Symbols are everything to a culture. They define where we’ve been, they define where we are now, and they define where we’re going. Governments and institutions have used symbols throughout history to motivate, commemorate and inspire people. Today we are seeing the removal of symbols once thought of as commemorative, but now seen as dangerous reminders of systemic racism, bigotry and hate in the aftermath of slavery. It’s about time.
Markets, industries, economies and governments are just as susceptible to the symbols we choose. Actions taken by the Federal Government signal to the markets that there will be a backstop to limit the economic impact of declining GDP and corporate profits. Actions taken by industries to reflect the shared consciousness of the world and reduce systemic racism will spur new business opportunities as a more inclusive and respectful approach to branding and marketing becomes a financial imperative. Economies and governments are transformed as the industries and markets that drive them also define them.
What does all this mean for the overall business climate and prospects for profit in the coming months? This is where the fog comes in. Right now, we are in no-man’s land in terms of predicting the long-standing impacts to business small and large, and the people who do the work are faced with challenges we haven’t seen before in our lifetime. This is where the clarity comes in. Just as the fog comes in every summer afternoon from the Pacific Ocean to obscure the skyline of San Francisco, it also heads out most mornings to reveal a clear, crisp view that inspires us to move forward and see with clarity.
A few symbols of progress that I see emerging are bright spots we can focus on:
FLEXIBILITY: Working remotely is working, producing more opportunities for employers and employees, consultants and freelance workers. While I don’t believe the workforce will remain 100% remote forever, companies in certain industries are now realizing that a flexible approach to getting things done can improve productivity and this will ultimately level the playing field for talent and improve overall compensation levels.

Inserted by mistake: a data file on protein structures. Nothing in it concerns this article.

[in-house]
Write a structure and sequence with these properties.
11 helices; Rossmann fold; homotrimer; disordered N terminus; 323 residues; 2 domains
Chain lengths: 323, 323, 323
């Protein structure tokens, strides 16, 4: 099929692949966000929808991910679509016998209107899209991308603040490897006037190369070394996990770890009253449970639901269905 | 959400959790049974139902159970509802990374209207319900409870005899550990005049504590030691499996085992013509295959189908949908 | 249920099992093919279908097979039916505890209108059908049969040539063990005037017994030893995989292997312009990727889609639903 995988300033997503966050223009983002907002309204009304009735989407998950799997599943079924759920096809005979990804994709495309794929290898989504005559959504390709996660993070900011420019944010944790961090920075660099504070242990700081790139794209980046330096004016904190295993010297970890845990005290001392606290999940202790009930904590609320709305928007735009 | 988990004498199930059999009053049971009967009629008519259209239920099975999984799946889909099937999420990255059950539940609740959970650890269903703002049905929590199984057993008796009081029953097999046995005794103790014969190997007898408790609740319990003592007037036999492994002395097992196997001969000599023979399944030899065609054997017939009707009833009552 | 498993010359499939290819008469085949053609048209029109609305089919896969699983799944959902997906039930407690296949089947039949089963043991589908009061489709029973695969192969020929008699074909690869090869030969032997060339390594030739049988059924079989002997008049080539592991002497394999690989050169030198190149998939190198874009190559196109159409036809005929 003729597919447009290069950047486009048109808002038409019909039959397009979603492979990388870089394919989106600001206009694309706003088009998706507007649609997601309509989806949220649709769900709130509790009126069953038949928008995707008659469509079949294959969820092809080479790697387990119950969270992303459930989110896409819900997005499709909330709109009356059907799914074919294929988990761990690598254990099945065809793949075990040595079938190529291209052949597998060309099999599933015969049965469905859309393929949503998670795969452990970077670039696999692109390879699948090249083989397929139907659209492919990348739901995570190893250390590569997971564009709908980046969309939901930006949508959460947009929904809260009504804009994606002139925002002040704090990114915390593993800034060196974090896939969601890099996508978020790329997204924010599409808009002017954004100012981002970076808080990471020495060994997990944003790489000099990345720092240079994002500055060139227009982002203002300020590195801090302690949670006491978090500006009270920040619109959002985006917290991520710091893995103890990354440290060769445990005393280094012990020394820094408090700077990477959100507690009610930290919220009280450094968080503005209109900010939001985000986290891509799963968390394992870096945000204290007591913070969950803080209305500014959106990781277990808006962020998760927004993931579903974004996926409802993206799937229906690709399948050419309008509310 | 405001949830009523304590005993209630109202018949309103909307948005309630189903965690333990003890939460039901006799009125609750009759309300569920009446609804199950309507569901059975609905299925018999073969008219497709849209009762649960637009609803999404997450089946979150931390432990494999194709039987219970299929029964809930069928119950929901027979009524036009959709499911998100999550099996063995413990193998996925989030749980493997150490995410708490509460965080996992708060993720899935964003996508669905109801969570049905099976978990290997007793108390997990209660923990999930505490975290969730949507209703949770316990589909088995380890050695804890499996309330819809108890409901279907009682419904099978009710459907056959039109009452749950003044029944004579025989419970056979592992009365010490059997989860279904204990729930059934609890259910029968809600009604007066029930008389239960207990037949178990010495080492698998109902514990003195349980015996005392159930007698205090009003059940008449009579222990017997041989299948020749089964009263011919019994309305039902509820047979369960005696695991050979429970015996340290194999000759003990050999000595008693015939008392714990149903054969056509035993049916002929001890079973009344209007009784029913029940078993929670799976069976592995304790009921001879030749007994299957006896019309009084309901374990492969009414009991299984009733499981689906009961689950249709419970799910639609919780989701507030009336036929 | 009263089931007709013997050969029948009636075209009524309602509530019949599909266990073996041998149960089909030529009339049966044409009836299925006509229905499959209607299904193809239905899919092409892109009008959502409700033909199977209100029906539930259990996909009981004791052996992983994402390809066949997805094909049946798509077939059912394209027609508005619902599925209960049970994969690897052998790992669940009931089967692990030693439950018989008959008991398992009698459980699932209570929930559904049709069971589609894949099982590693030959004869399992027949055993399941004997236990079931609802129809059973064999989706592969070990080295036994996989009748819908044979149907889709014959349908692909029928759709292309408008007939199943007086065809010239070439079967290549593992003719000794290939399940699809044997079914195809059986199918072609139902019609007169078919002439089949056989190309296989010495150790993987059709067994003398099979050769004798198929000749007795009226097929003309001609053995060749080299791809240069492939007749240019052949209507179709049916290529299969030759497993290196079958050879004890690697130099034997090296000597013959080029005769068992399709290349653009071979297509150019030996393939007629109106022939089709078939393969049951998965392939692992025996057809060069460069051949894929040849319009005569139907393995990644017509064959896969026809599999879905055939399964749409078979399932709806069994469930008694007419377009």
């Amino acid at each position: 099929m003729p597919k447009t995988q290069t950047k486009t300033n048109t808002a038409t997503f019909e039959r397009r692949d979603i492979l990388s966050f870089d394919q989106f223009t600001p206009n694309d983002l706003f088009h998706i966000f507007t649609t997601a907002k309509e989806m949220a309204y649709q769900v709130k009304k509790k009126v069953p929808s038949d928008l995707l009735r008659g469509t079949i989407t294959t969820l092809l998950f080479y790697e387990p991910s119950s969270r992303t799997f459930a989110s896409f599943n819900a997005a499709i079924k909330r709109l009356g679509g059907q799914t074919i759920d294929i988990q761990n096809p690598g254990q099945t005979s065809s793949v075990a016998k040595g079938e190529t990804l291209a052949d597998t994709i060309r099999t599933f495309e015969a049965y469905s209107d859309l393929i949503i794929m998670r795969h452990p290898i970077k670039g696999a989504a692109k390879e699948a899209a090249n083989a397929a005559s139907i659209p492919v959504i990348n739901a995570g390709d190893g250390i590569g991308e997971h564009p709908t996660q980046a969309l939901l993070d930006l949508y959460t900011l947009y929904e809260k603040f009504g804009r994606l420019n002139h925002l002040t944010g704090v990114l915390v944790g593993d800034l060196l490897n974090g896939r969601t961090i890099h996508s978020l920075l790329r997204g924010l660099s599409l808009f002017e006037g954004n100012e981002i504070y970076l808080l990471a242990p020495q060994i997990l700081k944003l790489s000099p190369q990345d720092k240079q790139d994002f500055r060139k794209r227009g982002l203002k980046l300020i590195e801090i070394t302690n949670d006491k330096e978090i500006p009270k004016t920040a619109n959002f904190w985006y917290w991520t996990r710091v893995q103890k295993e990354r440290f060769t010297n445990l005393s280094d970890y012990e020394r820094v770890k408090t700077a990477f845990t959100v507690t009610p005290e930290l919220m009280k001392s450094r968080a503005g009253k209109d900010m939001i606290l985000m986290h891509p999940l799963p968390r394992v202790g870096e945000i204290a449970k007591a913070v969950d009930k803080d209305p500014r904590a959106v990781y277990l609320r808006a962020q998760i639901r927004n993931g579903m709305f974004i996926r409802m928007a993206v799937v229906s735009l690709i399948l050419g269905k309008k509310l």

BRANDS: Brands that once had stereotypical, regressive imagery or language are facing the issue head on and taking this moment seriously. The companies that follow through with real change beyond the superficial will garner more customers, more loyalty and produce more economic stability by connecting with the community in a more integrated and respectful way. Symbols are a beacon of hope for change – the hard work is person-to-person communication and understanding.
DIVERSITY AND INCLUSION: While the effort to promote economic equality across diverse segments has been in high gear for decades, the current moment in history puts the “pedal to the metal” on making real change. Companies throughout the country are recognizing the importance of diversity on profits and customer loyalty and will be further scrutinized by regulators and stockholders to make real change. Increased opportunity for people with diverse backgrounds should be a natural result.
In the short term, from where I see things, most of our clients are being cautious about their investments in people and projects. But nevertheless they are moving forward with essential business and accelerating many initiatives that provide more digital capabilities, community support and market development, customer capabilities and of course, risk, regulatory and compliance initiatives.
For the long term, we all have an opportunity to be our own symbol of progress, defining our markets, industries, institutions and governments. Take the time to learn and understand what you can do to make a difference and make a positive impact, small or large. Latch on to the symbols of positivity and remember that WE CAN DO THIS.
John Henning is the Chief Client Officer at Granite Solutions Groupe. He has over 35 years of leadership experience in the financial services and technology industries, and currently oversees all client account management, professional services, marketing strategy, business development and sales operations for GSG.